MONDAY, 15 APRIL 2019
SUBJECTS: Labor’s plans for a fairer Australia; Healthcare funding.
PATRICIA KARVELAS: To talk through some of these issues I'm joined by a panel and you won't expect this, so keep listening. Nicki Hutley is a partner at Deloitte Access Economics, responsible for the report and the Shadow Assistant Treasurer Andrew Leigh has agreed to join us to answer questions on what they've come up with. Welcome to both of you.
ANDREW LEIGH, SHADOW ASSISTANT TREASURER: G’day, Patricia. Great to be with you.
NICKI HUTLEY, DELOITTE ACCESS ECONOMICS: Thank you.
KARVELAS: So Nicki, I’ll start with you. Deloitte is arguing that Labor's policies would lower economic growth eventually by a third of a percent. Can you take me through the rationale that got you there?
HUTLEY: Yes, so I think it's important to know that there's a whole load of explanatory, you know, suggestions accompanying that number and what it is, what it is based on is saying that on the basis of tax policy alone that would be the impact on the economy. So compared to what the Coalition are offering, the Opposition are saying that they will have fewer tax cuts in the hands of people - so those tranches that the Coalition are promising to higher income earners, particularly further out at this stage not going ahead although they do have more at the lower end of the spectrum, and there are another raft of generous tax concessions that will be pulled back, in the form of negative gearing and franking credits and so on. And as a general rule of thumb when you take, you know - we are comparing two scenarios of one versus the other and saying that compared to the Coalition policies the higher amounts of tax collected have a negative impact on on the economy. But that said, there are a lot of other factors that are not taken into account and it's important to consider those things when we look at the picture as a whole. But of course people do tend to grab the headline.
KARVELAS: Andrew, what's your response to this analysis from Deloitte? Do you accept that there will be an economic cost from these revenue raising measures?
LEIGH: No I don't Patricia. This was a report that came out last month. There's no detail in the report as to how it's arrived at this figure of a third of a percentage point. That's just a one liner on page five and it looks only at the tax impact. So we don't accept that that's the impact of our bigger, better, fairer tax cuts in the economy - we actually think they'll have a stronger growth benefit. The report doesn't even look at the benefits for the Australian economy of Labor's spending on infrastructure, our spending on healthcare, our spending on education. If you uncap university places, get 200,000 more young people to university then that's got to have a productivity gain. If you put in place our competition reforms, that'll have a big gain. If you have a bit of stability in political leadership - not three prime ministers, three treasurers over six years but a stable, united government - then that will also have a growth gain. And if you ensure that you put aside those fiscal buffers which as Labor would do, paying down debt faster than the Coalition would, then you're better able to deal with a situation in which the world economy starts to wobble and we have to ensure that Australia doesn't go into recession - as the last Labor government had to do.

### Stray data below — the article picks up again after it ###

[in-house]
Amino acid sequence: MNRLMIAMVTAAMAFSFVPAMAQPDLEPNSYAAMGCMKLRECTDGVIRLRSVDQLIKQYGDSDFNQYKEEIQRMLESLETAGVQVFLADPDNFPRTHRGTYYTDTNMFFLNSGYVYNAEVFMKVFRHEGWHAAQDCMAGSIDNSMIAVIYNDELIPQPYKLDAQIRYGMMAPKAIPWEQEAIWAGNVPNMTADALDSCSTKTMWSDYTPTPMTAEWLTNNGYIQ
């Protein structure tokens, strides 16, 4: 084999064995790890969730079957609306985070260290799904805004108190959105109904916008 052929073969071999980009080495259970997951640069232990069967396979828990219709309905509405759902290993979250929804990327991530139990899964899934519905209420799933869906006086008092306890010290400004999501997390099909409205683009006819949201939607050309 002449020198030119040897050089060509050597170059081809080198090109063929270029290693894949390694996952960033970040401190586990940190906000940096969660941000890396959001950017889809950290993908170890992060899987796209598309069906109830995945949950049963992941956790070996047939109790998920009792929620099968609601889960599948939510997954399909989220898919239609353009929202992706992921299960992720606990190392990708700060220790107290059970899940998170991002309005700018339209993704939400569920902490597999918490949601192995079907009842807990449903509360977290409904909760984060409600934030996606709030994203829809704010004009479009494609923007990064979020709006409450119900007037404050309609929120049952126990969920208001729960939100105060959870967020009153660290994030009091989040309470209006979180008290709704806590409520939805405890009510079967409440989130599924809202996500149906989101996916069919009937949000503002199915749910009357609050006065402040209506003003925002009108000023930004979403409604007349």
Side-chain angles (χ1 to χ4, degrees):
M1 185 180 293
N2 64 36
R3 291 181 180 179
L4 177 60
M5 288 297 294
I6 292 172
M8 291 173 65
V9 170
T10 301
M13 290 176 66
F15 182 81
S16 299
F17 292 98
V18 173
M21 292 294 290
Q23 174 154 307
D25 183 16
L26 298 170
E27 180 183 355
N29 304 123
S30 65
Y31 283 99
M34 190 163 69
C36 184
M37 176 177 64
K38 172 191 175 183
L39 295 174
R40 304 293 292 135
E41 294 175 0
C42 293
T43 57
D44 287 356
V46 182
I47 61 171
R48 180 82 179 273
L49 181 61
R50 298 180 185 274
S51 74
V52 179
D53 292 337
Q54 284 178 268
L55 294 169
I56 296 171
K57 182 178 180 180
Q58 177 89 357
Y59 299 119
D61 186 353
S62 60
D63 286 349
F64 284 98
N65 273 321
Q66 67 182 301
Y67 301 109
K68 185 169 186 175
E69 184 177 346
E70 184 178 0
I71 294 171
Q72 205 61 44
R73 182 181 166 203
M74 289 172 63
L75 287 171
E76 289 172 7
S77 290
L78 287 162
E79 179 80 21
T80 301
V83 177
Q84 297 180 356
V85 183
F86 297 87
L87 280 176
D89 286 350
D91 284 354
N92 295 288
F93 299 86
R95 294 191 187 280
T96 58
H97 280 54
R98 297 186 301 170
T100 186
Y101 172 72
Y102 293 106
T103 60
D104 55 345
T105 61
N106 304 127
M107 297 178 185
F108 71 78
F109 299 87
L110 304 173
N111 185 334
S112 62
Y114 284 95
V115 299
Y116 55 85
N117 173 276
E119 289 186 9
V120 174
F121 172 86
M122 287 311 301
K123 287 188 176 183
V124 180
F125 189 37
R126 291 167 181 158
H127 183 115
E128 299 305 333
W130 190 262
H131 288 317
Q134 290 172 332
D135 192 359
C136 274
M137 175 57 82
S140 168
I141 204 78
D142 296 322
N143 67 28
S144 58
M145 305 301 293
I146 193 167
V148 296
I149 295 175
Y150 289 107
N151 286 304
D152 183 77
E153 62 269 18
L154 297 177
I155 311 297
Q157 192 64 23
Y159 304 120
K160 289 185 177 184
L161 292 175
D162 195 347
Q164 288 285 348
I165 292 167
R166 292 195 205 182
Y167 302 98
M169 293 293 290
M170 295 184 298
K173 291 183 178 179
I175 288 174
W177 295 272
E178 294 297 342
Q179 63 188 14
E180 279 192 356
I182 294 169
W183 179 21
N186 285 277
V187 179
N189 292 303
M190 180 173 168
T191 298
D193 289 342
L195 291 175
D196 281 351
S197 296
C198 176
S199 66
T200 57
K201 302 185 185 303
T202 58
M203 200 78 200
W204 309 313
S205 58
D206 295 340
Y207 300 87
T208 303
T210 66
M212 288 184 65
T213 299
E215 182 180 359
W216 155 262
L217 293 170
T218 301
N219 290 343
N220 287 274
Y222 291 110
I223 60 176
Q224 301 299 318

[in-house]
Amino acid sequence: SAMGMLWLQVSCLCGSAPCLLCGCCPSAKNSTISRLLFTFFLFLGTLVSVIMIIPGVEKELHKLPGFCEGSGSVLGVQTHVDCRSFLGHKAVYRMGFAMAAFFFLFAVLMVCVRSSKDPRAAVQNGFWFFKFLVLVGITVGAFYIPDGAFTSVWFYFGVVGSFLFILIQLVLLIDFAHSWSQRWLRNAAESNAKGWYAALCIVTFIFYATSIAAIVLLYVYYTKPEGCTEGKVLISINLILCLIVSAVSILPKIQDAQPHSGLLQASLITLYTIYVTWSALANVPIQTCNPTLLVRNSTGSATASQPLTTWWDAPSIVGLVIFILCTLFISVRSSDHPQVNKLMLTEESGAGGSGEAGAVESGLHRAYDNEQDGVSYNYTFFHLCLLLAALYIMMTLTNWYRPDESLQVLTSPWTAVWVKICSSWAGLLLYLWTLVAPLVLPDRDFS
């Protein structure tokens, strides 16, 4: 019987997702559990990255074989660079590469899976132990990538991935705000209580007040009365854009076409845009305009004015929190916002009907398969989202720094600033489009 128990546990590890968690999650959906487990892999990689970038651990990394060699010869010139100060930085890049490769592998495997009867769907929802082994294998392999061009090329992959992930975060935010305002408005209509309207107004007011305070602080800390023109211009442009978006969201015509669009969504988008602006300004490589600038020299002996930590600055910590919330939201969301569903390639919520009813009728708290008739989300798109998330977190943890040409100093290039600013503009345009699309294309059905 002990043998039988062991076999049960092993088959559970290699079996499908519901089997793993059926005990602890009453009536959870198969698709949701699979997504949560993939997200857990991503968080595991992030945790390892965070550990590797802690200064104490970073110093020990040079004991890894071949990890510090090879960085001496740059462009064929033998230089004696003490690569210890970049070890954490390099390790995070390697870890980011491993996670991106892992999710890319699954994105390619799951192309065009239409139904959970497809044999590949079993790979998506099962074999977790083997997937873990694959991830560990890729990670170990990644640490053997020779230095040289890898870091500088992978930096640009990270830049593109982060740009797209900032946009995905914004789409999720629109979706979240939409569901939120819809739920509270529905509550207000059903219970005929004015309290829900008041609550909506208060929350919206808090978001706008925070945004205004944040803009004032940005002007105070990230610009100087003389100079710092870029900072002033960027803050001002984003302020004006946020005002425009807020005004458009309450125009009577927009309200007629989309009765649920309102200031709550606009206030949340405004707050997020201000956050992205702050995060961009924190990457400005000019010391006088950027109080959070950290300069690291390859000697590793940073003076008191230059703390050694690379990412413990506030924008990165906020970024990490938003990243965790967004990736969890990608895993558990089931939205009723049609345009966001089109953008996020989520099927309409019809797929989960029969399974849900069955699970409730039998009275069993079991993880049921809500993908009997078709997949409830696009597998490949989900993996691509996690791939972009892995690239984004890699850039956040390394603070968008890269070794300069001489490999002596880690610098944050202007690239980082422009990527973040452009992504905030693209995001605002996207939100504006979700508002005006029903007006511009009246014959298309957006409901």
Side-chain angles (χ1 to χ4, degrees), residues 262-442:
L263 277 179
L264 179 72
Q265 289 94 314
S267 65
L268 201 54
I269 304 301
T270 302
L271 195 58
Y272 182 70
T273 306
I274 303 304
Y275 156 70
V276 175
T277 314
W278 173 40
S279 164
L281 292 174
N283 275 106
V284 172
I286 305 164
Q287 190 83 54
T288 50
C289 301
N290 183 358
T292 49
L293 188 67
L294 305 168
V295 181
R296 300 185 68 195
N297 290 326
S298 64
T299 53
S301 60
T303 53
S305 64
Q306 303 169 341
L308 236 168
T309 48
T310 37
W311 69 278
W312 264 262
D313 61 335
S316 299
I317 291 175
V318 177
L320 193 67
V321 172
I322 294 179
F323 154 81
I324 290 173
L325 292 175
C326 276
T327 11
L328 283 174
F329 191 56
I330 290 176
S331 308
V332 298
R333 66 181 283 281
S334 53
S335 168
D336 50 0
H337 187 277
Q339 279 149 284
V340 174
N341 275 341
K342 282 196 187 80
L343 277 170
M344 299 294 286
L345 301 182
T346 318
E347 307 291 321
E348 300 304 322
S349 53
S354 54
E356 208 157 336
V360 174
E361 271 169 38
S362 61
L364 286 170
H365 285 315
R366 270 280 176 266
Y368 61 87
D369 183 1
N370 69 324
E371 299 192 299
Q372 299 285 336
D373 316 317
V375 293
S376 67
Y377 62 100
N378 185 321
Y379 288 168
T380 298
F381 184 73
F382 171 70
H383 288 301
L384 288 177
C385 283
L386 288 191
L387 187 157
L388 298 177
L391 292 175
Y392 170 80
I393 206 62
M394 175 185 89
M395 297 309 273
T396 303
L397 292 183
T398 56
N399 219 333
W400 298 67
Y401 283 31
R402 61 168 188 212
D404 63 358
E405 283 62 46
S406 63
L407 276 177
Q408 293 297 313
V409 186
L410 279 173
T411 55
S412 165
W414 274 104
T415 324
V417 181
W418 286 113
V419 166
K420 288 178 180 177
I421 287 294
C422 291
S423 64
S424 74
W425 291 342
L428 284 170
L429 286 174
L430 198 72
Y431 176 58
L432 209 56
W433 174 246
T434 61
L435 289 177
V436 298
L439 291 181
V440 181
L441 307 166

KARVELAS: Nicki you've heard the rebuttal there if you like from Andrew Leigh. What do you make of it, particularly that argument about economic growth. that he thinks actually some of these measures that Labor has in its economic program would increase economic growth?
HUTLEY: Look, he's correct in those assumptions. But when you think about things like capping - sorry, uncapping student places at universities for example. We know that from NATSEM modelling - the main modelling body that does this type of work - that somebody who finishes their education with a tertiary qualification has a much higher earning potential than somebody who finishes at year 10 or 12. And so it will over time definitely add to the economy, but that's one of the things that was pointed out in this report, that there is a lot of timing considerations to take into account and a lot of it depends on how quickly tax measures are brought in, how quickly the spending measures are brought in and how quickly some of those spending measures are able to flow through to the economy. A lot of them will take a lot longer to flow through in the benefits. So you can say as Andrew is pointing out that whilst there might be a short term negative impact, over the longer term there could be a larger positive impact. That's not - that's quite correct.
KARVELAS: If you're just tuning in, this is RN Drive and we're doing something a bit different tonight and clearly I'm very excited about it. We're putting together Nicki Hutley who's a partner at Deloitte Access Economics, who is one of the authors of this report looking at the economic growth, I suppose, consequences of the competing Labor and Coalition policy program. And also the Shadow Assistant Treasurer Andrew Leigh, who I know is very eager to respond to that point. Andrew Leigh?
LEIGH: Well, I think Nicki makes an excellent point about those benefits paying off over time, PK. Households make these decisions themselves. We ensure our kids do their homework and that they finish school and get the best education they can, not because we think it's going to have an economic payoff this year but because we know that they will live happier, healthier and more productive lives in the long run. Some of the work I did while I was a professor at the Australian National University was around estimating the earnings benefit to each additional year of schooling and that can be somewhere between 8 and 10 per cent, suggesting that the benefits of finishing school compared to leaving Year 10 might be 20 per cent in earnings over the life. The benefits of a university degree: 30 per cent. So that's a huge gain. We make these decisions as parents and we need a government that supports it, not a government that's taking resources out of the schooling system, out of the university system. We've had a halving in the number of apprentices in Australia under the Liberals and Nationals. That again is a big hit to future prosperity. So unless we make sure we're investing in these skills then as we get increasing technological change we'll be ill prepared to deal with it. If the robots are coming, we need a great education system to ensure that Australians aren't left behind.
KARVELAS: You're freaking me out now - the robots are coming.
KARVELAS: This is RN Drive. 0418226576. The scariest of scare campaigns - [laughter] - the robots are coming. Labor's next scare campaign-
KARVELAS: Look I'm sorry, I digress. Nicki, what about Labor's argument that the target of these revenue measures are mostly people whose relative wealth means they don't need or deserve tax breaks, especially in a softening economy?